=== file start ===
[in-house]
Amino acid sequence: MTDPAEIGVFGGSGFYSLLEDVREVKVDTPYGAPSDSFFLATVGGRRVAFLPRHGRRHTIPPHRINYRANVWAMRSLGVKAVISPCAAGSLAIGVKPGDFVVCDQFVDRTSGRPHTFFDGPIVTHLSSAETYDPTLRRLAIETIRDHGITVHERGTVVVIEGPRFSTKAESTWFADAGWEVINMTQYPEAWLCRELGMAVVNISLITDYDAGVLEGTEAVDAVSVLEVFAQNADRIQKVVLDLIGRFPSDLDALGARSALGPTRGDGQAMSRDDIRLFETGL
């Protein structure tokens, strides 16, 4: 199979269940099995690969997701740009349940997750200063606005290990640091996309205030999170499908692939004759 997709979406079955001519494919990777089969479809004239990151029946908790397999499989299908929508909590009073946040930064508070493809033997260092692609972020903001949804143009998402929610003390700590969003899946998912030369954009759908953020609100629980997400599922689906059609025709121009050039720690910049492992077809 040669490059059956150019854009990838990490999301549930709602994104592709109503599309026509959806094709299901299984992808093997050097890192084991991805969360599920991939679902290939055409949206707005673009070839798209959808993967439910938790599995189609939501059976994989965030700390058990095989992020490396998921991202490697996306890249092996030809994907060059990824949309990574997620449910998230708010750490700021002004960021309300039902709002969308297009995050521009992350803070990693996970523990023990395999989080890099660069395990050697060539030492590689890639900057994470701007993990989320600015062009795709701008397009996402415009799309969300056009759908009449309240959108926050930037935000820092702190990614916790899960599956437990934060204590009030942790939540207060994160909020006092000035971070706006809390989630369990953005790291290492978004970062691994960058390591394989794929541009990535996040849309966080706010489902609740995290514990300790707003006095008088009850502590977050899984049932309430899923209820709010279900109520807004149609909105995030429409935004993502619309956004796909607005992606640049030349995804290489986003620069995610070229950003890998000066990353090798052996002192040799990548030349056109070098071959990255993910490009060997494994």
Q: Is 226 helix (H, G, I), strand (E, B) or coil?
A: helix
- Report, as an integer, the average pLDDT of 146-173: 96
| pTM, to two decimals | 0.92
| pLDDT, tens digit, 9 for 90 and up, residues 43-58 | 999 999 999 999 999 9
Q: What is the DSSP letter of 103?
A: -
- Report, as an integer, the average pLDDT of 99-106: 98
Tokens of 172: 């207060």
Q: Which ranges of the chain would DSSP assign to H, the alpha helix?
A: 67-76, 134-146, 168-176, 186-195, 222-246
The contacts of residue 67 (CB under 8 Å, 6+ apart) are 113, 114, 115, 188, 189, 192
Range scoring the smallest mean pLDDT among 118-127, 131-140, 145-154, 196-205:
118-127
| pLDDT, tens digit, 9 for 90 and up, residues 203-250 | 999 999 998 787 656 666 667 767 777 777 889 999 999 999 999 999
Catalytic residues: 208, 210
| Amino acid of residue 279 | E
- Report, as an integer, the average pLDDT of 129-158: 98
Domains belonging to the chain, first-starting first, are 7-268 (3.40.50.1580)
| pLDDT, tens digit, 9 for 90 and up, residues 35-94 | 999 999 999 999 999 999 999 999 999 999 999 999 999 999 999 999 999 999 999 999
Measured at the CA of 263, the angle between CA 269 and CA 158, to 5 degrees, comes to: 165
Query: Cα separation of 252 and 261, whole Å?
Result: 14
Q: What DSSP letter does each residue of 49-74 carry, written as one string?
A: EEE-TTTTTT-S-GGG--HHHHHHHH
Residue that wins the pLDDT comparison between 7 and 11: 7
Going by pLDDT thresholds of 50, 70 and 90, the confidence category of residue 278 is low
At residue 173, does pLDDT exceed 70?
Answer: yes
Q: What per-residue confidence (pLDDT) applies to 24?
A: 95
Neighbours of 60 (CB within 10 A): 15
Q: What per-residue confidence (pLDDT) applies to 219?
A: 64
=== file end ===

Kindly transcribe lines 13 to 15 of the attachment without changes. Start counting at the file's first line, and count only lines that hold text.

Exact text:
Q: Which ranges of the chain would DSSP assign to H, the alpha helix?
A: 67-76, 134-146, 168-176, 186-195, 222-246
The contacts of residue 67 (CB under 8 Å, 6+ apart) are 113, 114, 115, 188, 189, 192